Going the Distance chronicles the courtship of Erin (Barrymore) and Garrett (Justin Long) as they meet, fall for each other, and struggle to maintain their relationship between NYC and San Francisco. Erin and Garret are introduced at a bar when he discovers she is ERL, the Centipede videogame high-scorer he has been working to beat. Flabbergasted that ERL is a girl, the rest of their evening follows suit as the beautiful Erin chugs beer, devours chicken wings, and trades crass jokes with the dudes. Apparently this behavior is just what it takes to get the commitment-phobic Garrett to fall in love. The reality of Long and Barrymore’s off-camera relationship is impossible to separate from that of the characters they play in the film, but it works. While many moments are contrived, the chemistry between the two is infectious, especially in the beginning when the cinematography fools you into thinking you’re watching a documentary.

Taking a cue from Knocked Up, Going the Distance offers the bulk of its humor via the supporting cast of men and fails in providing another interesting female character. Garrett’s overly-involved buddies Charlie Day and Jason Sudeikis steal every scene they are in, whether by dj’ing the couple’s hook-up or convincing Garrett to grow a moustache in order to pick up older ladies. Erin’s support comes in the form of a cynical, disapproving sister, the always enjoyable Christina Applegate. Just like Leslie Mann in Knocked Up, Applegate’s character is dull and stereotypical forcing the usually hilarious actress to idle through meager screen time and meaningless dialogue.

Barrymore is one of the few ladies in Hollywood with some real power in her pocket and, flawed as it may be, does her part to shift the traditional perception of women in film in favor of a more realistic, multi-dimensional character. When a co-worker asks where she is going, Erin, a grad-student and aspiring reporter, who have just been through the wringer with her editor, retorts, “I’m thirty-one and I’m an intern. I’m getting wasted.” As a thirty-one-year-old aspiring writer who has recently applied for a few internships herself, I immediately resonated with this character. As the film develops we watch Erin struggle with building a career in a dying industry, falling in love and eventually, having to choose between the two.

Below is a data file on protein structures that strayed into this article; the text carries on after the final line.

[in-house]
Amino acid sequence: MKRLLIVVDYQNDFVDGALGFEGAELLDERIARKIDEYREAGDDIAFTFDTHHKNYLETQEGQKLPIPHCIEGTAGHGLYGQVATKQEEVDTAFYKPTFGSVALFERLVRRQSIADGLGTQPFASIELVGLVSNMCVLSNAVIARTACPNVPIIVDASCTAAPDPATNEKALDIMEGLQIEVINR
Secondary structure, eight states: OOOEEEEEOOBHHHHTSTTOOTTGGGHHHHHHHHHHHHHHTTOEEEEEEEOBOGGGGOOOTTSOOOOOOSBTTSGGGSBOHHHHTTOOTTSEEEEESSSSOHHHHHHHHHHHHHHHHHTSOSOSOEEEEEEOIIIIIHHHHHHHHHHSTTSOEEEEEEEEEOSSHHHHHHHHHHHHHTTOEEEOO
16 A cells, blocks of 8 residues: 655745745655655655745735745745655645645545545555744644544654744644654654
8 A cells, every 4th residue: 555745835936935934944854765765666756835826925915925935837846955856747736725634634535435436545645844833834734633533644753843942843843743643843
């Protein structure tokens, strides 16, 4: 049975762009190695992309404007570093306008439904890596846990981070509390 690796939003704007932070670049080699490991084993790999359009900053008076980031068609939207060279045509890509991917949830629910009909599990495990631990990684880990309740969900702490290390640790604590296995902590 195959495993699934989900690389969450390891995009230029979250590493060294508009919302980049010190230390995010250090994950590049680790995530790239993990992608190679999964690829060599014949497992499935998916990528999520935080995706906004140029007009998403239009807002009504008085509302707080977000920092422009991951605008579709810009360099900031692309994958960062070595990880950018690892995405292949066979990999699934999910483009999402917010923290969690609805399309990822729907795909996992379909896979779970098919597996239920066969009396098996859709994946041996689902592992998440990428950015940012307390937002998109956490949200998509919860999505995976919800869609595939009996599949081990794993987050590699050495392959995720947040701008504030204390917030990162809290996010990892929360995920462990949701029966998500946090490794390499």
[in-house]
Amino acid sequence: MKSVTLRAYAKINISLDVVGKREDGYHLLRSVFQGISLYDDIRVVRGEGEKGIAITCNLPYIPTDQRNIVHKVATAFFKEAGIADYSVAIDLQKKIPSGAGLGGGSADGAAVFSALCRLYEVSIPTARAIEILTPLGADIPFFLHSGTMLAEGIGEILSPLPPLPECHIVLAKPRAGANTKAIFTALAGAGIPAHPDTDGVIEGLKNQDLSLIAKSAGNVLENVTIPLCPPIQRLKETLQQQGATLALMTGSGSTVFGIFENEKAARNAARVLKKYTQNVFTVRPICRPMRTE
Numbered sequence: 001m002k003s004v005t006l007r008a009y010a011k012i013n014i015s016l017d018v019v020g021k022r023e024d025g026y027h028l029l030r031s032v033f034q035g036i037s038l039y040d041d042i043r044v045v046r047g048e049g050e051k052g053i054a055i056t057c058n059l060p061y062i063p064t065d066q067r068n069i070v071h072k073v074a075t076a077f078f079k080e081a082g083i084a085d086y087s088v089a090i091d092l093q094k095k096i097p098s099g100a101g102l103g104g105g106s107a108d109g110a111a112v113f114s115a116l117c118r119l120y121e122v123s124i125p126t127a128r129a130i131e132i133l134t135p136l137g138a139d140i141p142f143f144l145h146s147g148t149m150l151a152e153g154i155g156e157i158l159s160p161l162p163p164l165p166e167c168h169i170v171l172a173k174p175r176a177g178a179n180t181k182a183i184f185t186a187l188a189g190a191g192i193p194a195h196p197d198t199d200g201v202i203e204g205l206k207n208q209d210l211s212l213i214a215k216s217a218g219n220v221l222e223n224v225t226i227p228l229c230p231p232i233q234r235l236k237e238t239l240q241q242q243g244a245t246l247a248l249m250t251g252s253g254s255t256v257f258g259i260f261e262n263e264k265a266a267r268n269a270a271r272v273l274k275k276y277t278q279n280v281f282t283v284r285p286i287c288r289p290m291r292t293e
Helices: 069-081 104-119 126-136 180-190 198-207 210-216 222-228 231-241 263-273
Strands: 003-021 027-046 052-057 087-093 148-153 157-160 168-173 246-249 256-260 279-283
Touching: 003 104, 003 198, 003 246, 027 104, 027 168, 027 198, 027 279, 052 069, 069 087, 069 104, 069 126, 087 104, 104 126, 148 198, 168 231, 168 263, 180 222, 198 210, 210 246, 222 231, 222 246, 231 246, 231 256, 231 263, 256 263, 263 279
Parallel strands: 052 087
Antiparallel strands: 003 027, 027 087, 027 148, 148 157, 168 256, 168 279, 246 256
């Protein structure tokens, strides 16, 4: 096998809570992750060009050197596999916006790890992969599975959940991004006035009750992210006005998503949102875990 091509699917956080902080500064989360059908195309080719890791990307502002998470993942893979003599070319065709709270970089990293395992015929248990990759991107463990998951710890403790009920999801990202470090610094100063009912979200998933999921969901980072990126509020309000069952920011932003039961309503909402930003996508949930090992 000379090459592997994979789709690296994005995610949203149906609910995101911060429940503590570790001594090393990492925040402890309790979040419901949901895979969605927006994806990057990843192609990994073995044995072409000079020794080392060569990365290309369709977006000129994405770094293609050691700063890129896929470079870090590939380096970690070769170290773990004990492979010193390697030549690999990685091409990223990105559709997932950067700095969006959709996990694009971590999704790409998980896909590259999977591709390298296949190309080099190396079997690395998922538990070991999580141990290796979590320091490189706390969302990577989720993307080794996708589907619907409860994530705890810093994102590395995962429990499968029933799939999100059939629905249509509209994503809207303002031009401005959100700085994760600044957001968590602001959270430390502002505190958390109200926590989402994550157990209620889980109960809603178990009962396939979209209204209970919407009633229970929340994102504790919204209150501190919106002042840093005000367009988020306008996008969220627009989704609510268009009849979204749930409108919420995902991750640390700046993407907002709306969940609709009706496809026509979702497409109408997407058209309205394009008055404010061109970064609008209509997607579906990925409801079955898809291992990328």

Cross-posted at Elevate Difference

Despicable Me

A few years ago my eleven year old sister was writing an essay on violence in school. During our discussion of different types of violence she astutely pointed out that not all violence is physical, and that a mean comment can be just as violent as a punch in the face. This led to an involved conversation about bullies in which, at one point, my sister looked at me and said “I think bullies are mean to the kids at school because no one is nice to them at home. No one is giving them love.”

Despicable Me is the story Gruu (Steve Carell), a young boy whose dreams of traveling in space were thwarted by an uncaring mother resulting in a grown-up bully most proud of being the world’s greatest villain. That is until he is bested by the younger, sleeker Vector (Jason Segal) and must enlist three orphaned girls in his grand plan to steal the moon.  While the title suggests that this is a film about a villain and his despicable acts, it is truly a love story about the bonds of parenthood, and the many ways people become family.

Like many animated features Despicable Me appeals to both adults and children by providing timely social commentary amidst silly sights and situations. The beauty of animation is that it allows imaginary caricatures to perform acts that are very real, and very human.  The title alone is a reflection of the human condition, for any one of us can be the “me” in question, participating in any variety of despicable acts on a daily basis.  As the titular Me, Steve Carell adds another credit to his list of bumbling anti-heroes we love to see succeed. Though his accent is mildly distracting, audiences will recognize the same humble wit that endears us to him week after week on The Office. Segal is equally impressive as Vector, a geek turned villain in response to a consistently disappointed father. But it is the always awesome Kristen Wiig who is perhaps the most despicable of all. As orphanage headmistress Miss Hattie Wiig delivers her lines like glass of sweet tea with razor ice cubes – sugary sweet and viciously sharp all in the same mouthful. Clearly a jab at the adoption system, as well as gender and class privilege, she callously sends Margot, Edith and Elsie out the door with the despicable Gruu, who offers no credentials or identification but is simply disguised as a doctor.

While the film neglects one of my cardinal rules of feminist filmmaking – positive female role models, it did call into question traditional roles of masculinity, especially in response to parenthood. Margot, Edith, and Elsie were role models in their own right, emulating and each serving as a manifestation of responsibility (Margot), skepticism (Edith), and unquestioning affection (Elsie). In addition to having some of the funniest lines in the film, the sister’s camaraderie and confidence in their own relationship, as well as their unconditional love for each other and those around them, is what eventually turns Gruu from super bad, to Super Dad.

Cross-posted at Elevate Difference